35 Matching Annotations
  1. Jul 2022
    1. By 2001, more than half of American house-holds had subscribed to an Internet service.

      The users of the internet services/development discussed in this chapter.

    2. Wikipedia was similarly showcasing the power of collaborative communities toproduce compelling material
    3. Netflix, together with competitors such as Hulu and Amazon Prime Video, havechanged the way people watch television. Cable television subscriptions peaked in2012 before beginning a gradual decline, and disc sales have dropped faster.5

      With the rise of online streaming came a decrease of cable television usage

    4. As Internet connections grew faster, more users shifted to purchasing software viadownloads rather than on disc. Software companies eventually moved away entirelyfrom the model of selling major releases every few years
    5. Companies spent a huge amount maintaining their own server farms, most ofit not for hardware but for IT staff, backup and disaster recovery capabilities, and so on.Cloud services could spread those costs over many users, making computing more effi-cient and manageable.

      Cloud services, money saving for companies

    6. Companies set upfarms of servers running Web applications, with a load balancing system to route eachnew request to the least busy server. Storage area networks provided ultra-high-speedconnections between servers and disk pools. The technological lines separating main-frames, minicomputers, and personal computers were starting to blur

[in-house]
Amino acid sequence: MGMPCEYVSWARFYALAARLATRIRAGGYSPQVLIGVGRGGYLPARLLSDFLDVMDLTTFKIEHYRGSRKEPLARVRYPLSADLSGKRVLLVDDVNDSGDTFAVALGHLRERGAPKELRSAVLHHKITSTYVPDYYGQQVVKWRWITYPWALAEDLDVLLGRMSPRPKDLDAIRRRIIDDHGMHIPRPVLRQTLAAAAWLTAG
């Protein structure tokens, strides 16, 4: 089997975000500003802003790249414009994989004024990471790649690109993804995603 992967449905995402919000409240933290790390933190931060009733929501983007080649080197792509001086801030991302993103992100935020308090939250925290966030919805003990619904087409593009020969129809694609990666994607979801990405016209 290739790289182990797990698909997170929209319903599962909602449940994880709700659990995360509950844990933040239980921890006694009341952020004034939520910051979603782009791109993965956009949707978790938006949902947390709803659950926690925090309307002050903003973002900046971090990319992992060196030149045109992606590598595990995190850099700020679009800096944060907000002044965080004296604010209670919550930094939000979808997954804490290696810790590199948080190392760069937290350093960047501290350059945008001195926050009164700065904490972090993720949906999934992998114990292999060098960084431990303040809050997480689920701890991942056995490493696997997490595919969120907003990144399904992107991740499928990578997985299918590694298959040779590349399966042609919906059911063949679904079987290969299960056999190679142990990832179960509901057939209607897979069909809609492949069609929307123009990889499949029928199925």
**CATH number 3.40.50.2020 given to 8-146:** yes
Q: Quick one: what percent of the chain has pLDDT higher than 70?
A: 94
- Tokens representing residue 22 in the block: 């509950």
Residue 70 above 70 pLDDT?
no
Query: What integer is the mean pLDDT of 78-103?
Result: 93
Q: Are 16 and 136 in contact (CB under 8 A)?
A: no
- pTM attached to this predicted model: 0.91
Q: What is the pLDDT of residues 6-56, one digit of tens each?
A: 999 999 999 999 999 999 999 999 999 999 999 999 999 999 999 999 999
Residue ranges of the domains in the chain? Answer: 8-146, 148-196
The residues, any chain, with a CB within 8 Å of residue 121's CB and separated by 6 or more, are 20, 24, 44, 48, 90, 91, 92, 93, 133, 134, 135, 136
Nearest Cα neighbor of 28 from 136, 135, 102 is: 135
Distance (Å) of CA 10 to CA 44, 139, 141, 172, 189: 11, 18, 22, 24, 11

The shift in Web storage

    7. The bigger point here is that Microsoft was never able to turn the Web into a pro-prietary system because it couldn’t match its domination of the browser side of theWeb with similar control over the servers that generated Web pages.
    8. icrosoft preinstalledInternet Explorer on every computer, making it the default choice. It forced PC com-panies to stop distributing Netscape on their computers, and it made a deal with AOLto make Internet Explorer the default browser for its customers.

      Microsoft attempting to secure its spot as a top Web company

    9. Advertisers entered bids online to display their ads when particular terms weresearched for. Google copied this idea and its pay-per-click model, in which advertisersare paid only when a viewer clicks an advertisement, from an Internet advertising pio-neer called Overture.com. In deciding which ads to display, Google’s algorithms fac-tored in how often advertisements were clicked on as well as the amount bid by theadvertiser

      Google advertising model

    10. In 2000, it began selling advertisements, with an approach it called AdWords

      Google and search advertising